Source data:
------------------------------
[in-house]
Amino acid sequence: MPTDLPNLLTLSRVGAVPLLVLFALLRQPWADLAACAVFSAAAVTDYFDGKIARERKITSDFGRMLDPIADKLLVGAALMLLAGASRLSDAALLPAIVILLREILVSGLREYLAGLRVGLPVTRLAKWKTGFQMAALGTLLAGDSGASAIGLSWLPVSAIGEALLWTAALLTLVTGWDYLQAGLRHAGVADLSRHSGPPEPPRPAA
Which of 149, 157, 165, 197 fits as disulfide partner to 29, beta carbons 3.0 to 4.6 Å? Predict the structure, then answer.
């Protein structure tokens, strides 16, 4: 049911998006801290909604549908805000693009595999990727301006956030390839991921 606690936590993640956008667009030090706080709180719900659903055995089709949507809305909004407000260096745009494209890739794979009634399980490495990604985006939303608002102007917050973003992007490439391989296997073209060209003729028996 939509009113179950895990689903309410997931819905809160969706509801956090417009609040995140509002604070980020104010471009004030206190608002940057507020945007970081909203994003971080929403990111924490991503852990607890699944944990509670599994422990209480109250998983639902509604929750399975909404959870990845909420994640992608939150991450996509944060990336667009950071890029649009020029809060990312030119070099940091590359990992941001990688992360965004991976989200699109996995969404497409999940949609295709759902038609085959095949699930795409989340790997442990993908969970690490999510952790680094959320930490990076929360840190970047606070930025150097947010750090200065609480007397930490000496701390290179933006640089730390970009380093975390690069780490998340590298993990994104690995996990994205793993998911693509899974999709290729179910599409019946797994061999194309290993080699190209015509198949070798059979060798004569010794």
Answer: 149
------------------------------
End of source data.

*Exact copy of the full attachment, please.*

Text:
[in-house]
Amino acid sequence: MPTDLPNLLTLSRVGAVPLLVLFALLRQPWADLAACAVFSAAAVTDYFDGKIARERKITSDFGRMLDPIADKLLVGAALMLLAGASRLSDAALLPAIVILLREILVSGLREYLAGLRVGLPVTRLAKWKTGFQMAALGTLLAGDSGASAIGLSWLPVSAIGEALLWTAALLTLVTGWDYLQAGLRHAGVADLSRHSGPPEPPRPAA
Which of 149, 157, 165, 197 fits as disulfide partner to 29, beta carbons 3.0 to 4.6 Å? Predict the structure, then answer.
């Protein structure tokens, strides 16, 4: 049911998006801290909604549908805000693009595999990727301006956030390839991921 606690936590993640956008667009030090706080709180719900659903055995089709949507809305909004407000260096745009494209890739794979009634399980490495990604985006939303608002102007917050973003992007490439391989296997073209060209003729028996 939509009113179950895990689903309410997931819905809160969706509801956090417009609040995140509002604070980020104010471009004030206190608002940057507020945007970081909203994003971080929403990111924490991503852990607890699944944990509670599994422990209480109250998983639902509604929750399975909404959870990845909420994640992608939150991450996509944060990336667009950071890029649009020029809060990312030119070099940091590359990992941001990688992360965004991976989200699109996995969404497409999940949609295709759902038609085959095949699930795409989340790997442990993908969970690490999510952790680094959320930490990076929360840190970047606070930025150097947010750090200065609480007397930490000496701390290179933006640089730390970009380093975390690069780490998340590298993990994104690995996990994205793993998911693509899974999709290729179910599409019946797994061999194309290993080699190209015509198949070798059979060798004569010794």
Answer: 149